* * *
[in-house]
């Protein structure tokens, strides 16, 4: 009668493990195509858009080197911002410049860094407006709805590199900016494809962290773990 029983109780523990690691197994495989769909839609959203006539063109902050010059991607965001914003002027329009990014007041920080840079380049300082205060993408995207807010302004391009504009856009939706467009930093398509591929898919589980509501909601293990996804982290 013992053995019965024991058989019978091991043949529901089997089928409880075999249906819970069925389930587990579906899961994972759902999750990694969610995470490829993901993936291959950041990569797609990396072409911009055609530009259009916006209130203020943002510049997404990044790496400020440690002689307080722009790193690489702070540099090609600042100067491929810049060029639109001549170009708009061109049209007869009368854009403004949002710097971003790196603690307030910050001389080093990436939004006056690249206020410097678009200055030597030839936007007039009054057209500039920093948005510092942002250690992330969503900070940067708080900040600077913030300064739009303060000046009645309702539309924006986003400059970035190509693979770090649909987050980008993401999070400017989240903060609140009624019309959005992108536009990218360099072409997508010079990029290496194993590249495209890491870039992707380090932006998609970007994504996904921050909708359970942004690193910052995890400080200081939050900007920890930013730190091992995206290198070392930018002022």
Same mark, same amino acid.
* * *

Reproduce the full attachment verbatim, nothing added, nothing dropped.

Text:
[in-house]
């Protein structure tokens, strides 16, 4: 009668493990195509858009080197911002410049860094407006709805590199900016494809962290773990 029983109780523990690691197994495989769909839609959203006539063109902050010059991607965001914003002027329009990014007041920080840079380049300082205060993408995207807010302004391009504009856009939706467009930093398509591929898919589980509501909601293990996804982290 013992053995019965024991058989019978091991043949529901089997089928409880075999249906819970069925389930587990579906899961994972759902999750990694969610995470490829993901993936291959950041990569797609990396072409911009055609530009259009916006209130203020943002510049997404990044790496400020440690002689307080722009790193690489702070540099090609600042100067491929810049060029639109001549170009708009061109049209007869009368854009403004949002710097971003790196603690307030910050001389080093990436939004006056690249206020410097678009200055030597030839936007007039009054057209500039920093948005510092942002250690992330969503900070940067708080900040600077913030300064739009303060000046009645309702539309924006986003400059970035190509693979770090649909987050980008993401999070400017989240903060609140009624019309959005992108536009990218360099072409997508010079990029290496194993590249495209890491870039992707380090932006998609970007994504996904921050909708359970942004690193910052995890400080200081939050900007920890930013730190091992995206290198070392930018002022």
Same mark, same amino acid.